Friday, June 14th, Facebook announced the fix of a bug it said unknowingly revealed the private data of over six million users when Facebook’s previously nameless shadow profiles unintentionally merged with user accounts in data history record requests.
According to Reuters, the data leak spanned a year beginning in 2012.
The personal data leaked by the bug is data that hadn’t been granted to Facebook by the users – it’s information Facebook has been compiling on its users behind their backs.
Users were obviously unaware that offsite information about them was being accumulated, matched to them, and stored by Facebook.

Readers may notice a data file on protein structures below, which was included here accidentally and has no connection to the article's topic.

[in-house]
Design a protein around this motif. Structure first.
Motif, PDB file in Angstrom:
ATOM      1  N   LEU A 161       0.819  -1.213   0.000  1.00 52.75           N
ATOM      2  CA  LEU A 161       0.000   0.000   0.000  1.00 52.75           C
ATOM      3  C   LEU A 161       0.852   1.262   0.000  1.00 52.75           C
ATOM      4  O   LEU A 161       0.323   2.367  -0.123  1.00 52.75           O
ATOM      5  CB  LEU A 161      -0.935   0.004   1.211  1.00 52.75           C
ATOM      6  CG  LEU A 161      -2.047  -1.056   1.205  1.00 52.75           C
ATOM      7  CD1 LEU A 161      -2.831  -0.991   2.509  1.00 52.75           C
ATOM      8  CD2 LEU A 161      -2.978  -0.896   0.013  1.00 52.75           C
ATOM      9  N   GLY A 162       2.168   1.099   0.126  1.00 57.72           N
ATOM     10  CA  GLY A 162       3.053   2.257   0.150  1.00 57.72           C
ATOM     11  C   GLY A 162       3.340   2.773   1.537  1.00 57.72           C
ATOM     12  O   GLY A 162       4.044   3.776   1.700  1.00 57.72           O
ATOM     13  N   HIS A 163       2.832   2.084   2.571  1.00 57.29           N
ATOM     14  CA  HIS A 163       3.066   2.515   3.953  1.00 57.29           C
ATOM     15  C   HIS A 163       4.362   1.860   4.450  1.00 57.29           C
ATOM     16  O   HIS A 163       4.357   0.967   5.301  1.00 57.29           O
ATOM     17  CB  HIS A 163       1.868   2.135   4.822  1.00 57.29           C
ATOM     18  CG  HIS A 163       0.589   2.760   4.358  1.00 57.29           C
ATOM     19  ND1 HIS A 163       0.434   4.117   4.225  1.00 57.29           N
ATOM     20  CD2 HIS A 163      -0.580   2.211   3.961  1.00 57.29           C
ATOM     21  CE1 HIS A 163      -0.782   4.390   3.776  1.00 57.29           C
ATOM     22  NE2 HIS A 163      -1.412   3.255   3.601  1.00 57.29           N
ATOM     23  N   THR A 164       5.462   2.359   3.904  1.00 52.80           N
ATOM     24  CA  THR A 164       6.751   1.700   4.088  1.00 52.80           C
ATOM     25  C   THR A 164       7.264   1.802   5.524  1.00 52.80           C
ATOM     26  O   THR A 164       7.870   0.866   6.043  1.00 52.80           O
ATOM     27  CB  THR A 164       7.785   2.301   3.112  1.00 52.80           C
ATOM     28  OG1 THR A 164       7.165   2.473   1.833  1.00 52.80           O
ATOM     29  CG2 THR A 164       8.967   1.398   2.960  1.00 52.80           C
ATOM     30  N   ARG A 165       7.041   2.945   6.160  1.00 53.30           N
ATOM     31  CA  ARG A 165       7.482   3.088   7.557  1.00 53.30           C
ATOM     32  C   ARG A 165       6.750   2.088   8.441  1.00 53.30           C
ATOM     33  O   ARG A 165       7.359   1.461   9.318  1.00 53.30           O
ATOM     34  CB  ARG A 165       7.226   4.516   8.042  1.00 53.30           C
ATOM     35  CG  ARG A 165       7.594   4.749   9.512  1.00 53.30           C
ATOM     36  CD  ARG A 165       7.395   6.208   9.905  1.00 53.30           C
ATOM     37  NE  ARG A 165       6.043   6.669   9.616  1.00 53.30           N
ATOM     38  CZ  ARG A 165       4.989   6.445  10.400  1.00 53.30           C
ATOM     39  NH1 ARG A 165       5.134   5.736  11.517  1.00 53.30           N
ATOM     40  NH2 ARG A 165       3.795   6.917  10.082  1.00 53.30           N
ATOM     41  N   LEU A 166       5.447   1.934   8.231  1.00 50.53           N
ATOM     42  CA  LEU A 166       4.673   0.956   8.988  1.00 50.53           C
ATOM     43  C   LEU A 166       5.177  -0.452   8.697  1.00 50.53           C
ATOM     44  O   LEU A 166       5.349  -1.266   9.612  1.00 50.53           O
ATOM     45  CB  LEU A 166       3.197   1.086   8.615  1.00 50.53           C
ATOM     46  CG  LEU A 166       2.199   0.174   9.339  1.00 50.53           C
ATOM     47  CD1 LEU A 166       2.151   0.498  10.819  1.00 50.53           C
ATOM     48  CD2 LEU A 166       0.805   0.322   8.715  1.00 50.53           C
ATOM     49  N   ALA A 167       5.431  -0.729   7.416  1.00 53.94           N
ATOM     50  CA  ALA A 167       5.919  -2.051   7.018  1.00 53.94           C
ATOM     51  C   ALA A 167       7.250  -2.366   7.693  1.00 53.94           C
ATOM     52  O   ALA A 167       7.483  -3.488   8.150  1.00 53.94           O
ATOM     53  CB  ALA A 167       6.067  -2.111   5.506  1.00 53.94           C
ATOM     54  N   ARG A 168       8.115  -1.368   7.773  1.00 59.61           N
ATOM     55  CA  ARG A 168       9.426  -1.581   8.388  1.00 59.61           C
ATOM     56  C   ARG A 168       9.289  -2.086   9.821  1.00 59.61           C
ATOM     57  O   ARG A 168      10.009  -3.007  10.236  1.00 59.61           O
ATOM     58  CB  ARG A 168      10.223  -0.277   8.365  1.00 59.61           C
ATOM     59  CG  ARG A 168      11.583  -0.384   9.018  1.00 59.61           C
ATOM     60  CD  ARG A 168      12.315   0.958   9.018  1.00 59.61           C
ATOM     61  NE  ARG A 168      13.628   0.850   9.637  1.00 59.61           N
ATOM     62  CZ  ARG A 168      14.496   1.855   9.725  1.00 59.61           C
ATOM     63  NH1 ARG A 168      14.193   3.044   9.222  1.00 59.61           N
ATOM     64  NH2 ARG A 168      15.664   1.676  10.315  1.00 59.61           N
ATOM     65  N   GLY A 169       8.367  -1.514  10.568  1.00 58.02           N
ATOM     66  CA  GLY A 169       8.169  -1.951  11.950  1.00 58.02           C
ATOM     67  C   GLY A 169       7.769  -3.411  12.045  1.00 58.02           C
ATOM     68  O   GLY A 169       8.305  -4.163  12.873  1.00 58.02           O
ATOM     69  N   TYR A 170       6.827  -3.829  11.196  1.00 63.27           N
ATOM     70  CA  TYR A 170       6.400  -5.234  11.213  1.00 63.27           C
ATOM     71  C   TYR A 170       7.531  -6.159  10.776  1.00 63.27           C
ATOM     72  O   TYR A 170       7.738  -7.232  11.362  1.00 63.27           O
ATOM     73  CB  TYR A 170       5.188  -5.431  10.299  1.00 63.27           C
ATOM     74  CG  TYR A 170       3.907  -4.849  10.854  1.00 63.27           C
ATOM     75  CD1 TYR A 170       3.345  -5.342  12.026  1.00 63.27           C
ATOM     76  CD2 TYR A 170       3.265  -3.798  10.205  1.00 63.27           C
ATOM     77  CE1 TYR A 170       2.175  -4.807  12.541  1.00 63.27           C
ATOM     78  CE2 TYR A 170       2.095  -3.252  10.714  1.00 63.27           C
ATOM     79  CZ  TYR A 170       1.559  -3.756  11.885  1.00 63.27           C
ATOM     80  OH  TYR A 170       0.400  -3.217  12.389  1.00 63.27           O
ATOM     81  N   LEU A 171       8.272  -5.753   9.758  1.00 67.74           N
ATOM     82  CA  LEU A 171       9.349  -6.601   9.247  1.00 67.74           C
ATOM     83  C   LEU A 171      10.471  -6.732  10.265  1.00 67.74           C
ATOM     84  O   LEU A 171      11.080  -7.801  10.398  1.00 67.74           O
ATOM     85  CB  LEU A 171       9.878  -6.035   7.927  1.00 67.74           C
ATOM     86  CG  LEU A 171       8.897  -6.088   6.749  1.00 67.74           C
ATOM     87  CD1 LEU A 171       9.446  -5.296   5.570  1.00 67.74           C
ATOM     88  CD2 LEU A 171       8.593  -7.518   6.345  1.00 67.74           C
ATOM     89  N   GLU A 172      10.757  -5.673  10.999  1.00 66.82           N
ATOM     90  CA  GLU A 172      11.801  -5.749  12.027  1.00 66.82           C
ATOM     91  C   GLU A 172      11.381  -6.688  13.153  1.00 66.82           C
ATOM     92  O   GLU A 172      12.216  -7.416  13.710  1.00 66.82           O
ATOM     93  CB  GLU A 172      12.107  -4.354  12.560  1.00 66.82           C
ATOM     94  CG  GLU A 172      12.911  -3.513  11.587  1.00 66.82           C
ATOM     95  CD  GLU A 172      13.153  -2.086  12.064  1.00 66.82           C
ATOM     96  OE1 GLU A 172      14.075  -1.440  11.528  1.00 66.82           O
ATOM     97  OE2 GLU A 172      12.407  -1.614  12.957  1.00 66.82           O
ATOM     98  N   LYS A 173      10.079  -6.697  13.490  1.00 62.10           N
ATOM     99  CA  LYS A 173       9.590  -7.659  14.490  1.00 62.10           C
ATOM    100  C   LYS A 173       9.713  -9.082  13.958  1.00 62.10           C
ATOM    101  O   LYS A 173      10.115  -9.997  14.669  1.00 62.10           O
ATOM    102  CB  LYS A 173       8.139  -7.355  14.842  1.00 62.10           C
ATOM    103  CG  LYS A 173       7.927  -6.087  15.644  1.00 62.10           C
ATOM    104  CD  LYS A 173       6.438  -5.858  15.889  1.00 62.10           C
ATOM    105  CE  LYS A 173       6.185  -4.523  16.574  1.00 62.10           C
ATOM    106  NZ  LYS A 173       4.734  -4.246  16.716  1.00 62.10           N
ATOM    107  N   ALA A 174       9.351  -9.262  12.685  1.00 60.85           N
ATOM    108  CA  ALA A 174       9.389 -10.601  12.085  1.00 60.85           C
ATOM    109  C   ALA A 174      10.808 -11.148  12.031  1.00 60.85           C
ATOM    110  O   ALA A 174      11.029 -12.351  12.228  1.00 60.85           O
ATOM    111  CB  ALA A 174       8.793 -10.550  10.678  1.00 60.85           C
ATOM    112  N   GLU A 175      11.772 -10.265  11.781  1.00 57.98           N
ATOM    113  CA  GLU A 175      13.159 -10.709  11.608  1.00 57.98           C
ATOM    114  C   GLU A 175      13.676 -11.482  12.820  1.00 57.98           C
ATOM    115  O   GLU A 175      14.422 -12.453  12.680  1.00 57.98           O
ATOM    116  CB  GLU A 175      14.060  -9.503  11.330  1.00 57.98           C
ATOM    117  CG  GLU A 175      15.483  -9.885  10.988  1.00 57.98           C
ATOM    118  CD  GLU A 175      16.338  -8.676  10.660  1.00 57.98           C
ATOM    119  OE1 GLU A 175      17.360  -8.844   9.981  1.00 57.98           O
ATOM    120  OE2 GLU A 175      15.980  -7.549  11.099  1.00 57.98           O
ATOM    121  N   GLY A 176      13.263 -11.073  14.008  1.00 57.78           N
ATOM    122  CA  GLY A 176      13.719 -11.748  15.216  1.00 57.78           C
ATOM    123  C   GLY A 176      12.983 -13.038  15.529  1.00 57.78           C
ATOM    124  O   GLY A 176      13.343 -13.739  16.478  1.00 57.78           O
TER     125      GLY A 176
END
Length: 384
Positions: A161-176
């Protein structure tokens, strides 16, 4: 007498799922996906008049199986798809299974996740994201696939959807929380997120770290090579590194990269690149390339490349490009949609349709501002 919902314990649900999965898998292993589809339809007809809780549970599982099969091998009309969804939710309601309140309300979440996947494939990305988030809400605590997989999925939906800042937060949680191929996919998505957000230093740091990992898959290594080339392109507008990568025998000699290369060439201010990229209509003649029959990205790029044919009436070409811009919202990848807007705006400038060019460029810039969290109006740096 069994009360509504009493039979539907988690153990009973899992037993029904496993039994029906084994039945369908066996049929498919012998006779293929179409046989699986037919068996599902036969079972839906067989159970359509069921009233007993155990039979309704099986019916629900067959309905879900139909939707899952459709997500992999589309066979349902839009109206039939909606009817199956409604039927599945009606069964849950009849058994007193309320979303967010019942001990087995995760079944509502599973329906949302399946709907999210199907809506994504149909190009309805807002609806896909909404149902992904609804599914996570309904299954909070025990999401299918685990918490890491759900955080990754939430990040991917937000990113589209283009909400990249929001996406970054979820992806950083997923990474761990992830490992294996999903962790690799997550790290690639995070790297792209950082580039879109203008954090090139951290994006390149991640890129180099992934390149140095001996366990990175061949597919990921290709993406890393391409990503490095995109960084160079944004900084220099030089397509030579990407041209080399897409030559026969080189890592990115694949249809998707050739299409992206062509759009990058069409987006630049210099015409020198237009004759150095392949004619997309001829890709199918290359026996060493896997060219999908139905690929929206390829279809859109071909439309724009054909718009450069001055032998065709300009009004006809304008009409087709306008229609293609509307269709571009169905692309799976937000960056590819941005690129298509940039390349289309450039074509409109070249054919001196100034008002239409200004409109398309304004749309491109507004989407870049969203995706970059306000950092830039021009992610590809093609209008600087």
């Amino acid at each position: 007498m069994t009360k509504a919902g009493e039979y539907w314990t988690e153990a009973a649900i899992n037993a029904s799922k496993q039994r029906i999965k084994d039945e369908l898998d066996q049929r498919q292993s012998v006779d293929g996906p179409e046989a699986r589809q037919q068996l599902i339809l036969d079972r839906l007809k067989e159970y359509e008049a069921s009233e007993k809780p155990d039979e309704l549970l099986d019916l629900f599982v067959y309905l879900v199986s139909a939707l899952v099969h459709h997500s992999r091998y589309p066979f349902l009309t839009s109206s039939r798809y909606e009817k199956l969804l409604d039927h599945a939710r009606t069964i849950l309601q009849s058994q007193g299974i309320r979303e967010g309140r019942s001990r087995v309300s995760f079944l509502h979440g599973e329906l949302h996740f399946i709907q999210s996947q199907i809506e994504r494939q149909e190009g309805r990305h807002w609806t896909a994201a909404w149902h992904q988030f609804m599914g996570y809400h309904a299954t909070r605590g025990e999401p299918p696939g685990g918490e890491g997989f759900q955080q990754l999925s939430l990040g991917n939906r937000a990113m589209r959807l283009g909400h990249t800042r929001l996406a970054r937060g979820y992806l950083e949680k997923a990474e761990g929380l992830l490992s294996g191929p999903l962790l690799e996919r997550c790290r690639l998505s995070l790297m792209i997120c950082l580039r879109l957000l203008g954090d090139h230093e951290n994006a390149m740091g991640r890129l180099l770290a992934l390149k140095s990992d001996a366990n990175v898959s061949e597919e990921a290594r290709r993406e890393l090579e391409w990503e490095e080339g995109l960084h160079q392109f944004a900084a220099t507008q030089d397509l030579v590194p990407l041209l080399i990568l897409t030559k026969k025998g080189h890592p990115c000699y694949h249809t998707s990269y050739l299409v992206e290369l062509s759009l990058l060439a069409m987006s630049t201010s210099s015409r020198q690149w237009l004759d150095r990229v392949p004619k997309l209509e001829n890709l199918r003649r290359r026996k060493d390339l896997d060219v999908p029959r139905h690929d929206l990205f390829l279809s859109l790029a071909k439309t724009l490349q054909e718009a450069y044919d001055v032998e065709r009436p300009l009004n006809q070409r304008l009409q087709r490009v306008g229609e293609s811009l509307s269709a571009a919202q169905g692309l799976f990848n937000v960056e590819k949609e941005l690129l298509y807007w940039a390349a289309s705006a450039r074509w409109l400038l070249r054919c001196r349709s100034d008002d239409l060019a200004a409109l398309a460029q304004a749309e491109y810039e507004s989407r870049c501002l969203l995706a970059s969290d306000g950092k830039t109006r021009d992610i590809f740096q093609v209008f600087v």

Looking at comments on Facebook’s blog, Facebook users are furious that the phone numbers and email addresses that are considered private information have been accumulated and saved (and now unintentionally shared) by Facebook.
One user commented, “I just downloaded the “extended backup” and I’m still viewing emails and phone numbers that are NOT PUBLIC!!!!”
Facebook has officially stated that it does not know of any malicious use utilizing the bug.
This seems to be the first time Facebook has publicly accepted that users’ shadow profiles comprise of more than native data and also contain information that Facebook has harvested.